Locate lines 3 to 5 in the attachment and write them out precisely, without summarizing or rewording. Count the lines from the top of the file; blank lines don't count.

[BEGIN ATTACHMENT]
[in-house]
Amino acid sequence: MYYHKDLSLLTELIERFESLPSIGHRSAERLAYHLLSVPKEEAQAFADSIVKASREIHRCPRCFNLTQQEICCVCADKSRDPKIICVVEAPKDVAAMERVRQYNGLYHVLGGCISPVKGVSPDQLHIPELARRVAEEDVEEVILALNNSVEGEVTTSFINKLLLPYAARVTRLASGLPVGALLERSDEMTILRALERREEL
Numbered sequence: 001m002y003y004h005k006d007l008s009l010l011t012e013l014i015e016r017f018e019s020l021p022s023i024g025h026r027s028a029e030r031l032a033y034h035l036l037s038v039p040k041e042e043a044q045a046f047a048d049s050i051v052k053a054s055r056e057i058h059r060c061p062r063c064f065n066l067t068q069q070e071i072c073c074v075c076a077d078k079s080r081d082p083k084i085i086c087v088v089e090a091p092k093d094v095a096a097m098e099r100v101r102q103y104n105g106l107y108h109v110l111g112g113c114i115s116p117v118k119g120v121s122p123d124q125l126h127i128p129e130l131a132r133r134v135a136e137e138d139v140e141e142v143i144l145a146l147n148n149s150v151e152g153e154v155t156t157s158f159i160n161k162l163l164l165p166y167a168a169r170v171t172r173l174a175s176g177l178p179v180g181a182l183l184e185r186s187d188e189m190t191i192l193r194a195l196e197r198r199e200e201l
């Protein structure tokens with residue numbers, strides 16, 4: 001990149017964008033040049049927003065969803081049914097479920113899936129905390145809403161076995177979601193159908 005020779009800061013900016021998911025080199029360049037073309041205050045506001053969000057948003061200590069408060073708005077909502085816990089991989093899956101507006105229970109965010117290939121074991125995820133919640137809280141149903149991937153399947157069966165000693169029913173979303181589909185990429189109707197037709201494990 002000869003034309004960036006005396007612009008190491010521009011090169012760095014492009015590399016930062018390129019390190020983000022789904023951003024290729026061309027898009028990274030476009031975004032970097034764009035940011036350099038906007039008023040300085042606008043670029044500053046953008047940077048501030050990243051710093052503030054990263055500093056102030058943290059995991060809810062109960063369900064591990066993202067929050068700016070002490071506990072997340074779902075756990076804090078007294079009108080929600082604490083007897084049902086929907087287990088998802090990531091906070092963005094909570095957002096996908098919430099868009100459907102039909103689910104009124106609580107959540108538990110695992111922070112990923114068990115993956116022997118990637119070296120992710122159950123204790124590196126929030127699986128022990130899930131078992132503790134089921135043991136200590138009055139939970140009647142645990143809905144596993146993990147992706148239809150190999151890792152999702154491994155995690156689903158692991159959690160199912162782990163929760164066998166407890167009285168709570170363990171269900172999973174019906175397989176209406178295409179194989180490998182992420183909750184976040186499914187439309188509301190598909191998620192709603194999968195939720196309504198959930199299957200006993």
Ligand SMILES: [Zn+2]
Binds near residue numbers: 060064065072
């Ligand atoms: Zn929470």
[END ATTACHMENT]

Numbered sequence: 001m002y003y004h005k006d007l008s009l010l011t012e013l014i015e016r017f018e019s020l021p022s023i024g025h026r027s028a029e030r031l032a033y034h035l036l037s038v039p040k041e042e043a044q045a046f047a048d049s050i051v052k053a054s055r056e057i058h059r060c061p062r063c064f065n066l067t068q069q070e071i072c073c074v075c076a077d078k079s080r081d082p083k084i085i086c087v088v089e090a091p092k093d094v095a096a097m098e099r100v101r102q103y104n105g106l107y108h109v110l111g112g113c114i115s116p117v118k119g120v121s122p123d124q125l126h127i128p129e130l131a132r133r134v135a136e137e138d139v140e141e142v143i144l145a146l147n148n149s150v151e152g153e154v155t156t157s158f159i160n161k162l163l164l165p166y167a168a169r170v171t172r173l174a175s176g177l178p179v180g181a182l183l184e185r186s187d188e189m190t191i192l193r194a195l196e197r198r199e200e201l
């Protein structure tokens with residue numbers, strides 16, 4: 001990149017964008033040049049927003065969803081049914097479920113899936129905390145809403161076995177979601193159908 005020779009800061013900016021998911025080199029360049037073309041205050045506001053969000057948003061200590069408060073708005077909502085816990089991989093899956101507006105229970109965010117290939121074991125995820133919640137809280141149903149991937153399947157069966165000693169029913173979303181589909185990429189109707197037709201494990 002000869003034309004960036006005396007612009008190491010521009011090169012760095014492009015590399016930062018390129019390190020983000022789904023951003024290729026061309027898009028990274030476009031975004032970097034764009035940011036350099038906007039008023040300085042606008043670029044500053046953008047940077048501030050990243051710093052503030054990263055500093056102030058943290059995991060809810062109960063369900064591990066993202067929050068700016070002490071506990072997340074779902075756990076804090078007294079009108080929600082604490083007897084049902086929907087287990088998802090990531091906070092963005094909570095957002096996908098919430099868009100459907102039909103689910104009124106609580107959540108538990110695992111922070112990923114068990115993956116022997118990637119070296120992710122159950123204790124590196126929030127699986128022990130899930131078992132503790134089921135043991136200590138009055139939970140009647142645990143809905144596993146993990147992706148239809150190999151890792152999702154491994155995690156689903158692991159959690160199912162782990163929760164066998166407890167009285168709570170363990171269900172999973174019906175397989176209406178295409179194989180490998182992420183909750184976040186499914187439309188509301190598909191998620192709603194999968195939720196309504198959930199299957200006993």
Ligand SMILES: [Zn+2]